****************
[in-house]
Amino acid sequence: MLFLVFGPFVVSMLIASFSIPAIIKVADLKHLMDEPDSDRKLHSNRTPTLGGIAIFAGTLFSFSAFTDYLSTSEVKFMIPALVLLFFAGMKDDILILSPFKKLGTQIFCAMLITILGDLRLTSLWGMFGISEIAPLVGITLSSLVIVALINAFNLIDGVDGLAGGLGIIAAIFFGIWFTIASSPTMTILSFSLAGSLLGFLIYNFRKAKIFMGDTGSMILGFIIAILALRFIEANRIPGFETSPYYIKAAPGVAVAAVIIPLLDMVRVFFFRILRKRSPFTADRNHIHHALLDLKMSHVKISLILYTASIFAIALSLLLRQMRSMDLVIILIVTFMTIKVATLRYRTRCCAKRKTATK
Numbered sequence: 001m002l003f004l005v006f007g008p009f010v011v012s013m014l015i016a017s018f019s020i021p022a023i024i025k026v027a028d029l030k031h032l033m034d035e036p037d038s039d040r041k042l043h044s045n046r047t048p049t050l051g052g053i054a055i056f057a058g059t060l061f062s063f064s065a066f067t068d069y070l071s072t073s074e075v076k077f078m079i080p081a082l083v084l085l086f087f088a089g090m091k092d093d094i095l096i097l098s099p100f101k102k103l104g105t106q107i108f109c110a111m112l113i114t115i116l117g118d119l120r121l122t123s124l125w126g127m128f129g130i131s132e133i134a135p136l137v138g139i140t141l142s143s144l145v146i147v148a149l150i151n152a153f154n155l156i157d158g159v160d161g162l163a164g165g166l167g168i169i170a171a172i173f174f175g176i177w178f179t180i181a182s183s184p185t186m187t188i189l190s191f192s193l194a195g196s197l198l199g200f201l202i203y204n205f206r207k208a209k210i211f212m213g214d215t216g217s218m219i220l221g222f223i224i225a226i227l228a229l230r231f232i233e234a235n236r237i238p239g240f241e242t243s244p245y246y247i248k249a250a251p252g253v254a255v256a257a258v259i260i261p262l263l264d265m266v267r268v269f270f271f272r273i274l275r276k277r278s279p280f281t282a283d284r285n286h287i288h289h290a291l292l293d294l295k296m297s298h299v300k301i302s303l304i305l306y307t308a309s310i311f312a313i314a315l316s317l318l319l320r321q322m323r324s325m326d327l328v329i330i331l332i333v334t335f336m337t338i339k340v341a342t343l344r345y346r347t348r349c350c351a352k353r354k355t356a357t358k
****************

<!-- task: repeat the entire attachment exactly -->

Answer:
[in-house]
Amino acid sequence: MLFLVFGPFVVSMLIASFSIPAIIKVADLKHLMDEPDSDRKLHSNRTPTLGGIAIFAGTLFSFSAFTDYLSTSEVKFMIPALVLLFFAGMKDDILILSPFKKLGTQIFCAMLITILGDLRLTSLWGMFGISEIAPLVGITLSSLVIVALINAFNLIDGVDGLAGGLGIIAAIFFGIWFTIASSPTMTILSFSLAGSLLGFLIYNFRKAKIFMGDTGSMILGFIIAILALRFIEANRIPGFETSPYYIKAAPGVAVAAVIIPLLDMVRVFFFRILRKRSPFTADRNHIHHALLDLKMSHVKISLILYTASIFAIALSLLLRQMRSMDLVIILIVTFMTIKVATLRYRTRCCAKRKTATK
Numbered sequence: 001m002l003f004l005v006f007g008p009f010v011v012s013m014l015i016a017s018f019s020i021p022a023i024i025k026v027a028d029l030k031h032l033m034d035e036p037d038s039d040r041k042l043h044s045n046r047t048p049t050l051g052g053i054a055i056f057a058g059t060l061f062s063f064s065a066f067t068d069y070l071s072t073s074e075v076k077f078m079i080p081a082l083v084l085l086f087f088a089g090m091k092d093d094i095l096i097l098s099p100f101k102k103l104g105t106q107i108f109c110a111m112l113i114t115i116l117g118d119l120r121l122t123s124l125w126g127m128f129g130i131s132e133i134a135p136l137v138g139i140t141l142s143s144l145v146i147v148a149l150i151n152a153f154n155l156i157d158g159v160d161g162l163a164g165g166l167g168i169i170a171a172i173f174f175g176i177w178f179t180i181a182s183s184p185t186m187t188i189l190s191f192s193l194a195g196s197l198l199g200f201l202i203y204n205f206r207k208a209k210i211f212m213g214d215t216g217s218m219i220l221g222f223i224i225a226i227l228a229l230r231f232i233e234a235n236r237i238p239g240f241e242t243s244p245y246y247i248k249a250a251p252g253v254a255v256a257a258v259i260i261p262l263l264d265m266v267r268v269f270f271f272r273i274l275r276k277r278s279p280f281t282a283d284r285n286h287i288h289h290a291l292l293d294l295k296m297s298h299v300k301i302s303l304i305l306y307t308a309s310i311f312a313i314a315l316s317l318l319l320r321q322m323r324s325m326d327l328v329i330i331l332i333v334t335f336m337t338i339k340v341a342t343l344r345y346r347t348r349c350c351a352k353r354k355t356a357t358k